Thanks for reading, David.
Berny Belvedere

I understand your series is a philosophical overview. I did not mean to suggest that you personally are making the argument. Indeed, just in this article you present two separate accounts of morality tied to a god.

It is also worth acknowledging that you are not presenting philosophical arguments for God’s existence. Rather you are just observing arguments concerning morality. I also suppose it was lazy of me to simply claim question begging. Surely in the case of the moral argument for God’s existence, such a response seems to be question begging. 
 If God does not exist, objective moral values and duties do not exist. Objective moral values and duties exist. Therefore, God exists.”
 To say that God does not command the good because it is good or that something is good because he commanded it but rather that God commands something because he is good makes the argument “If God does not exist, then God’s values and duties do not exist. God’s values and duties exist. Therefore, God exists.” i.e. begging the question.
 What I am trying to say is that the response doesn’t really answer the question. Is God’s nature good from some objective standard or is good defined by God’s nature? If the first, than what is good (or moral) must have a foundation aside from God and if the latter then the good (or moral) is subject to God’s nature. I don’t mean to burden you with defending a position you didn’t present or perhaps don’t espouse but am curious if you are aware of reasonable responses to this concern.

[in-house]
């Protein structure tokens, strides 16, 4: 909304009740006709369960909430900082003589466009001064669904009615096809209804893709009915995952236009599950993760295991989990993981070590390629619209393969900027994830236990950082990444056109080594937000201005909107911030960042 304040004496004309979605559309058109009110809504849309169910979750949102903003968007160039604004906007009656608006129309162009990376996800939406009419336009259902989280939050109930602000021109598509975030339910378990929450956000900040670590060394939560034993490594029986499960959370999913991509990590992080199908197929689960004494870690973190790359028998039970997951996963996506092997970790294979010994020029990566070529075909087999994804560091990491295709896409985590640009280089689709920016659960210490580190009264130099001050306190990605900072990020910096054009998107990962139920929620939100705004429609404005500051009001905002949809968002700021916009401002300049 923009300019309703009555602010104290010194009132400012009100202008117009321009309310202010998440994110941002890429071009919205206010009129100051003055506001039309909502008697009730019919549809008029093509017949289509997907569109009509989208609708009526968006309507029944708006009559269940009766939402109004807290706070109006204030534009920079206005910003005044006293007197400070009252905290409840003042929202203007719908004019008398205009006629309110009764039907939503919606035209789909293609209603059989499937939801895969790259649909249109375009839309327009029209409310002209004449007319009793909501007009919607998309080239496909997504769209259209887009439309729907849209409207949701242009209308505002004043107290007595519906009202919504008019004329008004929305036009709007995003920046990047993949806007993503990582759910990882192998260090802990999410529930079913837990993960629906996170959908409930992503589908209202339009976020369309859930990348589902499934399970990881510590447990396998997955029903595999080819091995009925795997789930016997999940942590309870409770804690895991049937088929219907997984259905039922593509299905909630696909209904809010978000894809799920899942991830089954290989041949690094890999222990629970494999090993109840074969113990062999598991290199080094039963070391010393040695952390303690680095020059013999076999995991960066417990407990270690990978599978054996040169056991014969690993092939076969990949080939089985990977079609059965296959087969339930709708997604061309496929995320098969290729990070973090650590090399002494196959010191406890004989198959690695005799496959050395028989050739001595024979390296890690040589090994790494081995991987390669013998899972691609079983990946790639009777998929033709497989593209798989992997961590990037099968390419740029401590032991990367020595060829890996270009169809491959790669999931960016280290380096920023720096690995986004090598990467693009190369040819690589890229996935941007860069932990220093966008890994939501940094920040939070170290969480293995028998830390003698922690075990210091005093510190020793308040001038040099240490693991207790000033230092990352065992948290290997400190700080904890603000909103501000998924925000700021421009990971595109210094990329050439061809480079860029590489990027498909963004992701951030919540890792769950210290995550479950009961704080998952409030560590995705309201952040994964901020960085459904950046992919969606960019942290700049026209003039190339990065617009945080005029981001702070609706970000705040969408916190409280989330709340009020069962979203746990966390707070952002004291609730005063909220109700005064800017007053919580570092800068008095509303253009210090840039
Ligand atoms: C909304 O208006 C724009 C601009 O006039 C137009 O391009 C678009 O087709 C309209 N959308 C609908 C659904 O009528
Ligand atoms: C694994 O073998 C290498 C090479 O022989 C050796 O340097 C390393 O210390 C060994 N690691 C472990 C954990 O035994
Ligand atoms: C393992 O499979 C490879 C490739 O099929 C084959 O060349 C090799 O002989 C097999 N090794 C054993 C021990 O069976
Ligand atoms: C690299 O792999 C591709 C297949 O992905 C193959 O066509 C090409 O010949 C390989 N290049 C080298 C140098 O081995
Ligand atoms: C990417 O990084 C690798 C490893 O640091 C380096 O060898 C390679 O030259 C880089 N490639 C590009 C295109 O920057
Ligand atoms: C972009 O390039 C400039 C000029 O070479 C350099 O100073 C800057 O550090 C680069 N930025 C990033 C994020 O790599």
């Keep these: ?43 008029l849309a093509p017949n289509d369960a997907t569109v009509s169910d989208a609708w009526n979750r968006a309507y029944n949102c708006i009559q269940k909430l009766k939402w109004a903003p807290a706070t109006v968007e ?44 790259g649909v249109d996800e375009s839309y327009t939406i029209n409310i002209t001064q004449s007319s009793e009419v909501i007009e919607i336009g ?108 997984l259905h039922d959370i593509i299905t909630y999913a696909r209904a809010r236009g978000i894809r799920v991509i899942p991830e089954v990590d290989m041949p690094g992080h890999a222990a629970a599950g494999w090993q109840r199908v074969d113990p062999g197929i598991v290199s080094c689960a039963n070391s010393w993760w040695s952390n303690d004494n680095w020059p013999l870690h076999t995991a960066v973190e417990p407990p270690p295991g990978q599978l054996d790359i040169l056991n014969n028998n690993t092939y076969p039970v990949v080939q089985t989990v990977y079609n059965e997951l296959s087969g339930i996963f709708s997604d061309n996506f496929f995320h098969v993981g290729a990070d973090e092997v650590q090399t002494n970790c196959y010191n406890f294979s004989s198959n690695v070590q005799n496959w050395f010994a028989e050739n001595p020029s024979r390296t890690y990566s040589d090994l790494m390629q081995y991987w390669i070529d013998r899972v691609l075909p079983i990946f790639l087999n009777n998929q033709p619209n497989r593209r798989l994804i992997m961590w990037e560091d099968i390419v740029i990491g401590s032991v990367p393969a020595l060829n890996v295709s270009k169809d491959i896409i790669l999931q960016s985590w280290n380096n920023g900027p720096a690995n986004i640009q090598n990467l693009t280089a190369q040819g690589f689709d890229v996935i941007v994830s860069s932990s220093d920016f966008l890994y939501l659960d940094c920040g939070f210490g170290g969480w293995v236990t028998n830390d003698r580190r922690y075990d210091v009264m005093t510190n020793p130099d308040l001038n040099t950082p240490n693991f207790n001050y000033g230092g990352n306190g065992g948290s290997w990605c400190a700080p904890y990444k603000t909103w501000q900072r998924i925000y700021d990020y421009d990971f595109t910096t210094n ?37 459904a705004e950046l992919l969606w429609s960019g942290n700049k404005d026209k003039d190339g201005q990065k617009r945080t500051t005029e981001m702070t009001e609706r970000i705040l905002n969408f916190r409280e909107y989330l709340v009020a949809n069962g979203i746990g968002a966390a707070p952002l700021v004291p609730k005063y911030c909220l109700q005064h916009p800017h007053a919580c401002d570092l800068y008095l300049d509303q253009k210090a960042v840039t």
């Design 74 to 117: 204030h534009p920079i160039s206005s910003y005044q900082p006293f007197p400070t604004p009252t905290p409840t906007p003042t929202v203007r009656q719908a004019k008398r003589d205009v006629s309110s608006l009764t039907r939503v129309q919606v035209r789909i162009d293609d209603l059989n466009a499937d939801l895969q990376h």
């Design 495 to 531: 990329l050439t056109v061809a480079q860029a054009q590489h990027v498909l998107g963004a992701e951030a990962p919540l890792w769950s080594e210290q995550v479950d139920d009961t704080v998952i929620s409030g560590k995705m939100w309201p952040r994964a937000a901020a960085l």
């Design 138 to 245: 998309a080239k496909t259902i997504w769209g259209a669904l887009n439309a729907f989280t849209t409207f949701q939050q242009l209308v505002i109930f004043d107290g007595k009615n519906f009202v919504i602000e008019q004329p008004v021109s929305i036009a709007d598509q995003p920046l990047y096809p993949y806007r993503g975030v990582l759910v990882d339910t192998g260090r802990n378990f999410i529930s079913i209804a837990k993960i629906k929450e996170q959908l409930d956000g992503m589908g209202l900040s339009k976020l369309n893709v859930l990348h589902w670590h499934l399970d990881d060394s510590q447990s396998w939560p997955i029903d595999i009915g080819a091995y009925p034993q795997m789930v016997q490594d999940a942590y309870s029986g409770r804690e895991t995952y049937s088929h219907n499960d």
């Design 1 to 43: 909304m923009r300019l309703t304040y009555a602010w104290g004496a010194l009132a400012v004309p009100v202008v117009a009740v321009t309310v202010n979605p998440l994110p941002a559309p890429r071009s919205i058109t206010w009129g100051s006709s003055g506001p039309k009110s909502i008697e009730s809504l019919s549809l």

I don’t find Divine command theory persuasive. In my opinion it could be a reasonable account for morality, I just don’t see how it could be for objective morality. “Grounding something in God is subjective, in a sense, but it is also constitutive of reality as a whole.” I am not really sure I follow, what explanatory value or relevance does the concept of a God add to morality in an objective sense?
 “…this way makes right and wrong a fundamentally subjective enterprise (since God is a person), but it’s not subjective in the significant or relevant sense.” I suppose I am suggesting the opposite, if objective morality is somehow contingent on a God then such morality is not objective in a significant or relevant sense. 
 Just to clarify, I am not arguing that God is or isn’t necessary for morality, nor am I saying that morality is or isn’t absolute. I am suggesting that it seems divine command theory and objective morality are not compatible.

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